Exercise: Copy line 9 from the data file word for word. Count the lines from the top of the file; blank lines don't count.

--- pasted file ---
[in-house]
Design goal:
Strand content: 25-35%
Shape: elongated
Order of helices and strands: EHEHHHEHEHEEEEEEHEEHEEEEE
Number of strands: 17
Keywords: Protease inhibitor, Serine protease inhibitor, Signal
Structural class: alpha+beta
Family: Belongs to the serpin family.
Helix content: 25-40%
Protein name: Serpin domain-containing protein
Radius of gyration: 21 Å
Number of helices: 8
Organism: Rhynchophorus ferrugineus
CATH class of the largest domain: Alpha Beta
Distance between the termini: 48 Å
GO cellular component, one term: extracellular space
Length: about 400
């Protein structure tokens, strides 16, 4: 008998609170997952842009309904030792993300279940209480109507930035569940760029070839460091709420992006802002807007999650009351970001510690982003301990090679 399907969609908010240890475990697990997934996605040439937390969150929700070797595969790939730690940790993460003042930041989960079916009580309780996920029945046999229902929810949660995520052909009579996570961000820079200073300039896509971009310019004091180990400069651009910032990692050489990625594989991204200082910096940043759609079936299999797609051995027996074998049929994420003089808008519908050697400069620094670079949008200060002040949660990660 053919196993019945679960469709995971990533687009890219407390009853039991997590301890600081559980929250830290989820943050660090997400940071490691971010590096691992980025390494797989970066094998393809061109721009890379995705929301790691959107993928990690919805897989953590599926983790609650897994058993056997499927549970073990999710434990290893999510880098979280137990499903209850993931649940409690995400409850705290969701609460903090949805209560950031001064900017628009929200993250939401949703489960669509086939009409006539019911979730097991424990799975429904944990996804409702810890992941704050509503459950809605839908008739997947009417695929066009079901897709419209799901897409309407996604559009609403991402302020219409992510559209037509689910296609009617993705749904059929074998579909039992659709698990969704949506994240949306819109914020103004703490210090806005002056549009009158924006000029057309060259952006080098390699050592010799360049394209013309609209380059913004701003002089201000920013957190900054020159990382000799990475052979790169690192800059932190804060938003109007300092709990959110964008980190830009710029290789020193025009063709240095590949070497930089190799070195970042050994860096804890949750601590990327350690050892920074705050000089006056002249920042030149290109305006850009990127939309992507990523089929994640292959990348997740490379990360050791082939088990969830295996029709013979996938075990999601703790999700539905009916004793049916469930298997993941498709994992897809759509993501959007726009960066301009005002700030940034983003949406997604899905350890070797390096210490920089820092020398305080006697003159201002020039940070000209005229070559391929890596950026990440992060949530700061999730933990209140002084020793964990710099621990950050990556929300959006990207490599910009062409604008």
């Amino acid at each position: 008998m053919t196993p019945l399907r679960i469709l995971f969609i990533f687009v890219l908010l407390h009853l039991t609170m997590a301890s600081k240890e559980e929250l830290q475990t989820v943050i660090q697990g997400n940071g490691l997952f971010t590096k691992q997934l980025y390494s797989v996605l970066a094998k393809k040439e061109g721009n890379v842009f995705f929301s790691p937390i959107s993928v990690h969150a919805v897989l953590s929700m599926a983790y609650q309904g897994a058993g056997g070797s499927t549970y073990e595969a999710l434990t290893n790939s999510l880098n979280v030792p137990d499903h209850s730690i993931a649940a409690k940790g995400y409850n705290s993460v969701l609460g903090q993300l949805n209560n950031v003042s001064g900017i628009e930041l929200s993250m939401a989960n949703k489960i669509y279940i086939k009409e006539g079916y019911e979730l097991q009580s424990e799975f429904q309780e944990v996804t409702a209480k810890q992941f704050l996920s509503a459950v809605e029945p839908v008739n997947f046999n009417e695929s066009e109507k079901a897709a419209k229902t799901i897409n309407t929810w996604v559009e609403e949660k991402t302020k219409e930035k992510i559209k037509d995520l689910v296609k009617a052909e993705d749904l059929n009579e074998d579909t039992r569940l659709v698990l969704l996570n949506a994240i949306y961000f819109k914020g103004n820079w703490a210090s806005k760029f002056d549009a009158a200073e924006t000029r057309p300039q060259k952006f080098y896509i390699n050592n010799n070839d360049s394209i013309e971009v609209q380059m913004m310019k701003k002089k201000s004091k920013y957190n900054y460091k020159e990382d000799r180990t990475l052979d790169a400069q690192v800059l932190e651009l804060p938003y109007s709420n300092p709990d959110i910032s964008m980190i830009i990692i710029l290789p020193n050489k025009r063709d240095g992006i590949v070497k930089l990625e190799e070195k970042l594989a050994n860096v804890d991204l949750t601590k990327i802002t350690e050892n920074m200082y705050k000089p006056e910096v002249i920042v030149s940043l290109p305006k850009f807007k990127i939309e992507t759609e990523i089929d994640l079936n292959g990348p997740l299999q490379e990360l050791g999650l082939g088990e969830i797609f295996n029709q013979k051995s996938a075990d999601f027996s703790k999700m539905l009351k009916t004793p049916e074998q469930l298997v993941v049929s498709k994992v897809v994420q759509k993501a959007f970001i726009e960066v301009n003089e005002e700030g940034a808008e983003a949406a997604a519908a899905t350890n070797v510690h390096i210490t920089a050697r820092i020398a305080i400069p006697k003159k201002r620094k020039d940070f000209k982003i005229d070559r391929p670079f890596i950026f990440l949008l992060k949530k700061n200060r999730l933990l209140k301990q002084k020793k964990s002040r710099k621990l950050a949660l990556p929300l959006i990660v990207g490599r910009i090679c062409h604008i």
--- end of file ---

Family: Belongs to the serpin family.